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NBC insults viewer intelligence, says Olympic Opening Ceremony is too 'complex' for online audience

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NBC has defended its decision to not livestream the 2012 London Olympics Opening Ceremony, stating that it would not have translated online without context provided by its coverage team.

london olympics_1020
london olympics_1020

The 2012 Summer Olympics have finally kicked off, and while NBC has been boasting about the digital options it's offering US sports fans, the broadcaster offered no live streaming of the opening ceremonies, instead funneling viewers towards its tape-delayed primetime broadcast this evening. NBC has now defended the decision to the Los Angeles Times, telling the paper in an emailed statement that the ceremonies "are complex entertainment spectacles that do not translate well online because they require context, which our award-winning production team will provide for the large prime-time audiences that gather together to watch them."

However, in the same statement NBC also touts that it is streaming every event from all 32 sports — a massive expanse of coverage that will no doubt demand even more context than the staged entertainment extravaganza that is the Opening Ceremony. As for the issue of translation to the second screen, it's also hard to ignore the fact that NBCUniversal has no problem with viewers watching big-budget spectacles on their computers when it comes to other properties.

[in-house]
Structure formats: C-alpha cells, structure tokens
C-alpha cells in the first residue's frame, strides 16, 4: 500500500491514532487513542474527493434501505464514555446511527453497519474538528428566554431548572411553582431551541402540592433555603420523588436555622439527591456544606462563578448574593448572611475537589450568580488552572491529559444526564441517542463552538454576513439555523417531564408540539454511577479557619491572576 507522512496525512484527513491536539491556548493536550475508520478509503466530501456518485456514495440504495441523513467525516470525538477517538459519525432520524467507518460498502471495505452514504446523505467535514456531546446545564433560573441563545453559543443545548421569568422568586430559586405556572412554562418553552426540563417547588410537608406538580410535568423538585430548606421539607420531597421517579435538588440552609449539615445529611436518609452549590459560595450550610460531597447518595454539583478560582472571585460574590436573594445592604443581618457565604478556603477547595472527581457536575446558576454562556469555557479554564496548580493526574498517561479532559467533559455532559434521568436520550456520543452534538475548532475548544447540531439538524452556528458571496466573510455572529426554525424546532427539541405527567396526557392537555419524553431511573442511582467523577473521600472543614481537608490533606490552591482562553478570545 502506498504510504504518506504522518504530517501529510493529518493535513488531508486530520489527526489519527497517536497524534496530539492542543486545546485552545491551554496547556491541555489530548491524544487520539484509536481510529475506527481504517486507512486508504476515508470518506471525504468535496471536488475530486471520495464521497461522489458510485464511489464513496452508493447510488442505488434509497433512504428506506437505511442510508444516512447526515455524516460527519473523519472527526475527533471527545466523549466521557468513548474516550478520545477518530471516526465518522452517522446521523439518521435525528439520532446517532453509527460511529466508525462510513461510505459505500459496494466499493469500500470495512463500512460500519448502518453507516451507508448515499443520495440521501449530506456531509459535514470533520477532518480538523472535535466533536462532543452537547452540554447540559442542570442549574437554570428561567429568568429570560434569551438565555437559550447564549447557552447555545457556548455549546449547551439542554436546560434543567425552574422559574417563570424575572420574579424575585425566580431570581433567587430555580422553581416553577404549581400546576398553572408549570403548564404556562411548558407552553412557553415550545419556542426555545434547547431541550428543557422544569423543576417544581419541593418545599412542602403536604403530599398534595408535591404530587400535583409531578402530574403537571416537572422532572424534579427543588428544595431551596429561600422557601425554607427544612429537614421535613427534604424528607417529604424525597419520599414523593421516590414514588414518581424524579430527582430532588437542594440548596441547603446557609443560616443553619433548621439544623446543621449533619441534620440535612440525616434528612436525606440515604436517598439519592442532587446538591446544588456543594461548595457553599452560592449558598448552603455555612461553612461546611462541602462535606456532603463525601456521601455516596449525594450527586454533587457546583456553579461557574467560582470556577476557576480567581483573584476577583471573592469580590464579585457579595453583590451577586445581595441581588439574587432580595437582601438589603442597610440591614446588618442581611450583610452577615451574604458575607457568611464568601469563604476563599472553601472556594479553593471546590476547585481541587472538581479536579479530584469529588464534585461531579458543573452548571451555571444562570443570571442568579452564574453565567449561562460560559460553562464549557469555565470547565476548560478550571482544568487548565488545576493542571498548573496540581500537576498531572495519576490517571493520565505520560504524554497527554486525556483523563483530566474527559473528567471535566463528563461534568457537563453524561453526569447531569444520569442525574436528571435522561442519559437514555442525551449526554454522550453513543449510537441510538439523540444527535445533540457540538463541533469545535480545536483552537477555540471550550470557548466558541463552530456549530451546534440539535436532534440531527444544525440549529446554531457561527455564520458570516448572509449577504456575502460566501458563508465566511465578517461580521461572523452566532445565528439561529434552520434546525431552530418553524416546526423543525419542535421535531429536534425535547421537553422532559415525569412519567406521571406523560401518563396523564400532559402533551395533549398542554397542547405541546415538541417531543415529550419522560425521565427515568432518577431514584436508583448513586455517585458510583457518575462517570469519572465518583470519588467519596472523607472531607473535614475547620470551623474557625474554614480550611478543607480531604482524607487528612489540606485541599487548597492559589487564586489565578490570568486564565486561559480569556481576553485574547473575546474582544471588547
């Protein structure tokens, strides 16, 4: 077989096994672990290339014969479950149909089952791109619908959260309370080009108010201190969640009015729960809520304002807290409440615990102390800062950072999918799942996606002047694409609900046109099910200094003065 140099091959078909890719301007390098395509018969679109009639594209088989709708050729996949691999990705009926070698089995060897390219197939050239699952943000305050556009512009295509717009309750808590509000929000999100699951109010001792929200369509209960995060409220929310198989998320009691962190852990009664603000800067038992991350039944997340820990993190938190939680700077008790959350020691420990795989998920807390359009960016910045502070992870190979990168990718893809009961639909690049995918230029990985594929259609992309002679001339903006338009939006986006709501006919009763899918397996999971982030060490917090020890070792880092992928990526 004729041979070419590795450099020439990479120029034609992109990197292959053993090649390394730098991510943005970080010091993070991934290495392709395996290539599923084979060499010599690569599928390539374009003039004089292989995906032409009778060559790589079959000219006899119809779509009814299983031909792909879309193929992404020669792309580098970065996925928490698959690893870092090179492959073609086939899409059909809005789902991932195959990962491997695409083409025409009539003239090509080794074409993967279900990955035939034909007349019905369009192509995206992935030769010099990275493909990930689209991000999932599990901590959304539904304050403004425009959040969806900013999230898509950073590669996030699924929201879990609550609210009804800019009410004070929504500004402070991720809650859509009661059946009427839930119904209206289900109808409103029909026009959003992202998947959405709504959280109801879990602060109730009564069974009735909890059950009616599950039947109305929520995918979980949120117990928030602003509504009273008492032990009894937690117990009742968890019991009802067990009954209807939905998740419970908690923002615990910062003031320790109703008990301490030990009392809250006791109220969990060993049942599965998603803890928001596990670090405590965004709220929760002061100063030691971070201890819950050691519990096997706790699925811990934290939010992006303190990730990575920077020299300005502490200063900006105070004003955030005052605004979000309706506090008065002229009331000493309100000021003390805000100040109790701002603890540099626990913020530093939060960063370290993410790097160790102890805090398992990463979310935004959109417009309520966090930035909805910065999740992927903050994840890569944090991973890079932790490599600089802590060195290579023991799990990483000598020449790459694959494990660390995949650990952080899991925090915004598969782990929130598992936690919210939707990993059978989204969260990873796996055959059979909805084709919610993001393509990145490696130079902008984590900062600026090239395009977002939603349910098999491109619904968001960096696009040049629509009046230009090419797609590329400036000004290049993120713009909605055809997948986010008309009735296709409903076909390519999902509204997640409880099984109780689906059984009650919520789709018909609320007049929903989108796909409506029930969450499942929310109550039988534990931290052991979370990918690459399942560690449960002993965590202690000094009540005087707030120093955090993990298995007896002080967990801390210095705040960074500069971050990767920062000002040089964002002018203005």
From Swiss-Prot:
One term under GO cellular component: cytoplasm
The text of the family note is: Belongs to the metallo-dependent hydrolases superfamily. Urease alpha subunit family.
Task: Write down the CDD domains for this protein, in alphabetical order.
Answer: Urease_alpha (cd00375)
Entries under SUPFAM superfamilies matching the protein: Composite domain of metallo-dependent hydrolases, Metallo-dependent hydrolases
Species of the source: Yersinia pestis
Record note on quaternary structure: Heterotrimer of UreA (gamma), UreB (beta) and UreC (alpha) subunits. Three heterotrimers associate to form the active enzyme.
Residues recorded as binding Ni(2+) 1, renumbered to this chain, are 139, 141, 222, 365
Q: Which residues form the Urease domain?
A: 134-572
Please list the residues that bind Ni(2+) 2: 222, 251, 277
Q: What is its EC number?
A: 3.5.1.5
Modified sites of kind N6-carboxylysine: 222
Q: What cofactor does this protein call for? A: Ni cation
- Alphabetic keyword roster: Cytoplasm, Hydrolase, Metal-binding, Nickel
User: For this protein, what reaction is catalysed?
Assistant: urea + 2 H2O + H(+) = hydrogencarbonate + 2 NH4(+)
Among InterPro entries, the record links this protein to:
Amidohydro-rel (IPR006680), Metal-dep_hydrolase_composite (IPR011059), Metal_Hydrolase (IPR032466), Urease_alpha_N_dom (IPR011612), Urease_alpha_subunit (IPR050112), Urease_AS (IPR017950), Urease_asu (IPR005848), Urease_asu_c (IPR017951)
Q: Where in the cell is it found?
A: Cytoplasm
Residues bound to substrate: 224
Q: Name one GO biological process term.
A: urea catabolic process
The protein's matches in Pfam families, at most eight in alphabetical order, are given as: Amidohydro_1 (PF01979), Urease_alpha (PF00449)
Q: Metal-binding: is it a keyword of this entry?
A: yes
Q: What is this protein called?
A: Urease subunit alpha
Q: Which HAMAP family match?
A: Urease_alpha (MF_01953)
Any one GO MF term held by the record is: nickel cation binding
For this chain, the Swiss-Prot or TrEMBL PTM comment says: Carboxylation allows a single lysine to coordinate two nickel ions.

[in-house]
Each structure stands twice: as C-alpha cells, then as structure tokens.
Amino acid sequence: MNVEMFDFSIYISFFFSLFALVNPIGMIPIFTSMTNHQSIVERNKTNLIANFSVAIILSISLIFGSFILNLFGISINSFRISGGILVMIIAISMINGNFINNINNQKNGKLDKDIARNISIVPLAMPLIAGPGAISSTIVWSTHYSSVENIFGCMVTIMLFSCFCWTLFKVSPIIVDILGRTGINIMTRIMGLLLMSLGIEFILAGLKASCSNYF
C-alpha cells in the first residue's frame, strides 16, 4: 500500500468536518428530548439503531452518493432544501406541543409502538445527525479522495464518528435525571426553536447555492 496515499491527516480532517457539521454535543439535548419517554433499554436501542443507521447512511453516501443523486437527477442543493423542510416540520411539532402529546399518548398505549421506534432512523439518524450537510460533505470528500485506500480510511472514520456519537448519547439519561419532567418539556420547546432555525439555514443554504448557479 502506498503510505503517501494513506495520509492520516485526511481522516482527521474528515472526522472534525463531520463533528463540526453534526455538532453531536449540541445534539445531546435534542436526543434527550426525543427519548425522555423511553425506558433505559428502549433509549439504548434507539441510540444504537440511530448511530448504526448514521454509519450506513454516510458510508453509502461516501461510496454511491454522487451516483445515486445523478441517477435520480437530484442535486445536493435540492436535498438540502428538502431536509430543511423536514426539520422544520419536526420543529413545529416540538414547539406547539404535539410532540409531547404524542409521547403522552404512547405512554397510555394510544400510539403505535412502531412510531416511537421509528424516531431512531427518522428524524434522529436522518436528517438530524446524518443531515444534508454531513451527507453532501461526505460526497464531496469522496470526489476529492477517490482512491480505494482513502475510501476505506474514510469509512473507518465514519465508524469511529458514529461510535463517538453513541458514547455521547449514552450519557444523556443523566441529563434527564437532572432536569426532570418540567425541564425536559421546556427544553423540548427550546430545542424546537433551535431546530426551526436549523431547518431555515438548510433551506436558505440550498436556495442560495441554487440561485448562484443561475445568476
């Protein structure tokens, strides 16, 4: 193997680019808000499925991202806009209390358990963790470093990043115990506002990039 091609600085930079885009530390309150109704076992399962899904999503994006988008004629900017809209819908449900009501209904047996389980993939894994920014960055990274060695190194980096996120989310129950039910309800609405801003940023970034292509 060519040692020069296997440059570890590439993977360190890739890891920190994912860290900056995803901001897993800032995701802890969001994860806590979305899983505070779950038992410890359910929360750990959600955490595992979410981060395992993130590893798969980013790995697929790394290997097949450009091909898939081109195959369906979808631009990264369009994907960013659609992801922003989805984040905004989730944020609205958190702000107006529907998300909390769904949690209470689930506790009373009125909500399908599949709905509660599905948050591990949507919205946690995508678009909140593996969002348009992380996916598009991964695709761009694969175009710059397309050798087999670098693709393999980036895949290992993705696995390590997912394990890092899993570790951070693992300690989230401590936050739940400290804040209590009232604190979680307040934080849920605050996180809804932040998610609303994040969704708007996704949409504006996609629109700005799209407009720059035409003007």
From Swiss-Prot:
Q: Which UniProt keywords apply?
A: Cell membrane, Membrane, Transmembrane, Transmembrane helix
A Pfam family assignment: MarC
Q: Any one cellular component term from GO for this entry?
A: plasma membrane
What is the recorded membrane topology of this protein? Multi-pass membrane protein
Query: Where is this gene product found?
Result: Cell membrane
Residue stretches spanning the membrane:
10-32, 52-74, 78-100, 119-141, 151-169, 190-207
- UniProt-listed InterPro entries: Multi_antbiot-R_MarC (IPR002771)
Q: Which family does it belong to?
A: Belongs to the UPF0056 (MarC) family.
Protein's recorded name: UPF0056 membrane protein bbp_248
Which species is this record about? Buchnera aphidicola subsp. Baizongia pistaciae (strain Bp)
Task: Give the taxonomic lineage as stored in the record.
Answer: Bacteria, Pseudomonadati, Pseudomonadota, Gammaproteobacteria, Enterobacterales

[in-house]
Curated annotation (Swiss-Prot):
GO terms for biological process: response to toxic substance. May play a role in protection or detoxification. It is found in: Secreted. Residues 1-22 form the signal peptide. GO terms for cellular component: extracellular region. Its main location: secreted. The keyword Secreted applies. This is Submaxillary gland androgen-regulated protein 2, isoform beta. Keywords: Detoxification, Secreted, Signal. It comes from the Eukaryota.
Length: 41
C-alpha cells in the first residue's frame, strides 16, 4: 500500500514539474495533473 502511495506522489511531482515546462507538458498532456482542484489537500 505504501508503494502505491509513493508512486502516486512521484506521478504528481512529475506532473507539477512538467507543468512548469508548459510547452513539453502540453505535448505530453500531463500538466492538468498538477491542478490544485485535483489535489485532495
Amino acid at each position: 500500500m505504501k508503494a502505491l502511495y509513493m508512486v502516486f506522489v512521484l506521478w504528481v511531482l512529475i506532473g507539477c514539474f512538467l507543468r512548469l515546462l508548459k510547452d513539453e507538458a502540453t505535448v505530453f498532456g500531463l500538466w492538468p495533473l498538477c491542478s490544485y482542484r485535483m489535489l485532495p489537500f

Of course, as a strict business decision NBC's choice makes sense. The Opening Ceremony brought in the second-highest night of ratings for the network's 2008 Olympic coverage, ranking only behind the night Michael Phelps set a new record for Olympic gold medals. Given its online commitment to other areas of this year's Summer Games, however, we can't help but wish NBC had decided to go all the way — because as the Huffington Post's Ethan Klapper points out, tonight's context left something to be desired.